Social media can change spiritual habits

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Even though 89% of American households have a Bible, the number of those who read it daily is very low. A new study released by LifeWay Research revealed what may be one of the many a sources of church attendance decline. Only 19% of church goers read their Bible daily. About 18% said that they never read their Bible.

The study found that:

While the majority of churchgoers desire to honor Christ with their lives and even profess to think on biblical truths, a recent study found few actually engage in personal reading and study of the Scriptures.

The hot religious craze now is spiritual individualism, which has had a direct impact of the spiritual development of Christians. Though Christians or non-church going Christians may claim they are very spiritual, they most likely have not grown spiritual at all. You may be able to read a Bible at home, but how can you learn without guidance? The spiritual but not religious moment is focused on how individual trumps the religious community.

So how are we to draw these spiritual folk back to a religious community?

Social media.

It seems like an easy solution, but community is critical to spiritual development. Through social media, people can connect and build a network of supportive groups that can help challenge and grow one another into deeper relationship with God. One of these examples of social media spiritual community is #chsocm on Twitter. Meredith Gould and her crew have started a weekly online chat (Tuesdays @ 9 p.m. EST) to support, engage, and encourage church folk in creative ways to use social media.

Social media communities like #chsocm share resources and tools to engage others into deeper community. The hopeful byproduct of such social media communities (Faith Village is another) is that people can grow and learn through websites, blogs, chats, Twitter feeds, and other forms of social media so that they do not have to be alone in their quest for spiritual enrichment. Prayer is critical to #chsocm chats.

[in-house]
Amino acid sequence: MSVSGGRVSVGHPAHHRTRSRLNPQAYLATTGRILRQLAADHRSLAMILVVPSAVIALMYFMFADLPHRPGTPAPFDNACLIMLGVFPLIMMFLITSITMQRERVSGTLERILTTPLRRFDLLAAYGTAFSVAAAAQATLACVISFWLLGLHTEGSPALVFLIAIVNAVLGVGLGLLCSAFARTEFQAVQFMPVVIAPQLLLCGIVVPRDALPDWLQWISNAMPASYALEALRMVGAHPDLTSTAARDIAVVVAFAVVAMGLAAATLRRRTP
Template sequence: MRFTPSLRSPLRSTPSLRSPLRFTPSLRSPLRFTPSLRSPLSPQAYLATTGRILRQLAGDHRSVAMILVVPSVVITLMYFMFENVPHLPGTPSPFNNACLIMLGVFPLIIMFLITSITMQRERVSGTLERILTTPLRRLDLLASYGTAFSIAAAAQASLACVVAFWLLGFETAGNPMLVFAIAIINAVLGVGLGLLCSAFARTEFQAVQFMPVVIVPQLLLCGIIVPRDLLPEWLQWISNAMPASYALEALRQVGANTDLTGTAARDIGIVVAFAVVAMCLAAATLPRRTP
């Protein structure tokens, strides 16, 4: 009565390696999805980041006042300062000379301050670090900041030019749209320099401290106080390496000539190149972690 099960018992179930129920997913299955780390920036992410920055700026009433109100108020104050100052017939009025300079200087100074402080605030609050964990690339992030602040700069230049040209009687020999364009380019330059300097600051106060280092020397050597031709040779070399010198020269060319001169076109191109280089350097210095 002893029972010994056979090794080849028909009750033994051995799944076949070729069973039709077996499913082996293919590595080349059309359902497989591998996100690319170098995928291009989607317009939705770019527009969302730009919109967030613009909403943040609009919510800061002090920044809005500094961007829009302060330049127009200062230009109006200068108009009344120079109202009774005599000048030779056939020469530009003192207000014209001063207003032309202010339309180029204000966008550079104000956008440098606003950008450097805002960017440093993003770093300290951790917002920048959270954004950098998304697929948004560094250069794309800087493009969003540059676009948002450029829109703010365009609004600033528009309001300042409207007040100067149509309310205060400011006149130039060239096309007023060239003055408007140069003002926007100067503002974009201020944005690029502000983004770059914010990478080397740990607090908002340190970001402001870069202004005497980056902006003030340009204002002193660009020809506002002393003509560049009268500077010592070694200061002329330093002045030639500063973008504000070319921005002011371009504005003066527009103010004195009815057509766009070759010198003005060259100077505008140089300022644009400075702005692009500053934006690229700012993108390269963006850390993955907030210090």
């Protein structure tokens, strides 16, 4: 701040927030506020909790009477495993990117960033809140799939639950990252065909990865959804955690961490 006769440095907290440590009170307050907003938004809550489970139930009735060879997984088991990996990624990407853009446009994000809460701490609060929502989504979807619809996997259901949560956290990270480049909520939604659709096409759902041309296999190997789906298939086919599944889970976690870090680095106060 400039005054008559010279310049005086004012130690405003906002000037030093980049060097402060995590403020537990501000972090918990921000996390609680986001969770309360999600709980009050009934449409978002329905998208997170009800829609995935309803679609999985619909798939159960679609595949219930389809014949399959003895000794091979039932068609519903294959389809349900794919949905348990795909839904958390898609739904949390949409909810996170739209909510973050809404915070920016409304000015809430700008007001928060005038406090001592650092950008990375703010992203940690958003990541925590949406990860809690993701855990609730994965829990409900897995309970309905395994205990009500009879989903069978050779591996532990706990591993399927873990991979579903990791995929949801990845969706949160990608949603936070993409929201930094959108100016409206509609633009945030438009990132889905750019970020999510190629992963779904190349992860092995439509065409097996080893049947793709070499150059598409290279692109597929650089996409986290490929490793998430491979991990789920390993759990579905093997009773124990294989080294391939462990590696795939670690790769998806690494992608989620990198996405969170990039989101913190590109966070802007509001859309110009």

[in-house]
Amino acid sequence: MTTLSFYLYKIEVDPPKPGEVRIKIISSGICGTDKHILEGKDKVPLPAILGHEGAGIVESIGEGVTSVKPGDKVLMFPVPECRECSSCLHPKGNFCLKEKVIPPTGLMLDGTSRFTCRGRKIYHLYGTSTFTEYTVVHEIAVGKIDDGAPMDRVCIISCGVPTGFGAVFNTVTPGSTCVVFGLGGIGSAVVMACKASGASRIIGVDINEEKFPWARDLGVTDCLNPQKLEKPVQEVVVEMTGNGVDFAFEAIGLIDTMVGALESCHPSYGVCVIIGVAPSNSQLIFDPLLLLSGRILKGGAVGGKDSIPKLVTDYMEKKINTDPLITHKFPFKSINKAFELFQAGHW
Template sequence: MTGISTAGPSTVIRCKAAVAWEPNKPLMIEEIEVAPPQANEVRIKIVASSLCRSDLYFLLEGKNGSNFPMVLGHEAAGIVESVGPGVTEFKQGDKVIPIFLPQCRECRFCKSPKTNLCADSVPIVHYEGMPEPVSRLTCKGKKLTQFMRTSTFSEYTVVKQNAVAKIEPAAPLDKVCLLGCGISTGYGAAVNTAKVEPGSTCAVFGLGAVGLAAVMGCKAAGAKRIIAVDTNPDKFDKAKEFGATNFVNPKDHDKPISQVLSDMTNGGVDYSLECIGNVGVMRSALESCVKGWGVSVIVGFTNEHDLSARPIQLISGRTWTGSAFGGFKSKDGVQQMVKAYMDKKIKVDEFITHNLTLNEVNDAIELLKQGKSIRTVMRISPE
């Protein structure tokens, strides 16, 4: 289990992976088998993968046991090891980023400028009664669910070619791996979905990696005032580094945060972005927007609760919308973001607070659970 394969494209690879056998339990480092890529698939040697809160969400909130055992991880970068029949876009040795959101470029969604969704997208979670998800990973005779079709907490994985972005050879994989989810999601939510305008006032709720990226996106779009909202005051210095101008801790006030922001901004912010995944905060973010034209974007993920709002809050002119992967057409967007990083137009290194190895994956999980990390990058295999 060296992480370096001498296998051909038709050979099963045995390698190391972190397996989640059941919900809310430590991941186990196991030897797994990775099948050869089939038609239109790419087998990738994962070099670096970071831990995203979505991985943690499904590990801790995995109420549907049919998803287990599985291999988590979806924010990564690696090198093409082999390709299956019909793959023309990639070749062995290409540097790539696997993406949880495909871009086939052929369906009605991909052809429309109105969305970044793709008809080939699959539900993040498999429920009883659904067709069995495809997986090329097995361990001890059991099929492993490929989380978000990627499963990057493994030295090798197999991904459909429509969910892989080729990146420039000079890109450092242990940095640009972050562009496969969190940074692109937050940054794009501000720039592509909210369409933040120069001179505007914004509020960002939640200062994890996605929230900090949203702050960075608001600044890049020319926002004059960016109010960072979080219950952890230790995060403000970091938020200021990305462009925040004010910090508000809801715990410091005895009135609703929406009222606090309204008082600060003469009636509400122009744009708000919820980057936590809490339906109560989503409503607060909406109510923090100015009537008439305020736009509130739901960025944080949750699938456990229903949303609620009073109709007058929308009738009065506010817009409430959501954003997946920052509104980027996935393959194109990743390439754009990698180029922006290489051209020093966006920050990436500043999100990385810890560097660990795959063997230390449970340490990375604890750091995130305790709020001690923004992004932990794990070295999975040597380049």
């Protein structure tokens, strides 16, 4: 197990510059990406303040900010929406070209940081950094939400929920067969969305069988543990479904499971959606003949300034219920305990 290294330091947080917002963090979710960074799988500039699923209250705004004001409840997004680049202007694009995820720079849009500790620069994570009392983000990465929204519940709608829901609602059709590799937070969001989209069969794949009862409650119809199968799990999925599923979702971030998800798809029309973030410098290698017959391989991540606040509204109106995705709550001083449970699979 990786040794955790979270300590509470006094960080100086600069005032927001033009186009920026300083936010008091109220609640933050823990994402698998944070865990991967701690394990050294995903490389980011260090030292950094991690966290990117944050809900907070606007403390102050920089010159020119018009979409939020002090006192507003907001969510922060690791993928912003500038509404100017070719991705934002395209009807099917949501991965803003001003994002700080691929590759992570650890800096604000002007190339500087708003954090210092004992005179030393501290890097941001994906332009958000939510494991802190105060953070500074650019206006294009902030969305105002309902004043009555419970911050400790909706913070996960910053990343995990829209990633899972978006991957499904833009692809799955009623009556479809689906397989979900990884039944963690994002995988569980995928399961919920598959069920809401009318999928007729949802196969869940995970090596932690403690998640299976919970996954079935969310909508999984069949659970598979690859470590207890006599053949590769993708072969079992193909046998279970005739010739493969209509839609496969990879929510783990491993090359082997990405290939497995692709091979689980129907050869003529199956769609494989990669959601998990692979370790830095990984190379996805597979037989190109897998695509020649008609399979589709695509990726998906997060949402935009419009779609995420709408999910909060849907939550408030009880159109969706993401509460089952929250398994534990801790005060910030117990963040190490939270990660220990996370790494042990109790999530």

Spirituality through a virtual community is not the goal, but it is a step in the right direction. Social media can be used as a tool to engage those disfranchised believers. People still need face to face contact. They need to worship with others and study with others. Such real spiritual activities can never replace social media spirituality. Last time I checked, you cannot receive real communion through a computer.

Using such online tools are a gateway into spiritual community. We all need to be spiritually fed, but real physical community can never be replaced with the presence of other believers and the presence of Christ.

If Jesus had social media would the scripture be: “Where ever two or three are gathered on Facebook, Twitter, or blogs, I am there among them”?

Alan Rudnick

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About the Author
Alan Rudnick has been featured on television, radio, print, and social media and serves as the Pastor of the First Baptist Church of Ballston Spa, NY. He has quickly established himself as a leader, blogger, and commentator in the areas of faith, Christianity, ministry, and social media. He is the author of, “The Work of the Associate Pastor”, Judson Press. Alan’s writing has been featured with the Albany Times Union, The Christian Century, Associated Baptist Press, and The Fund of Theological Education. http://alanrudnick.org

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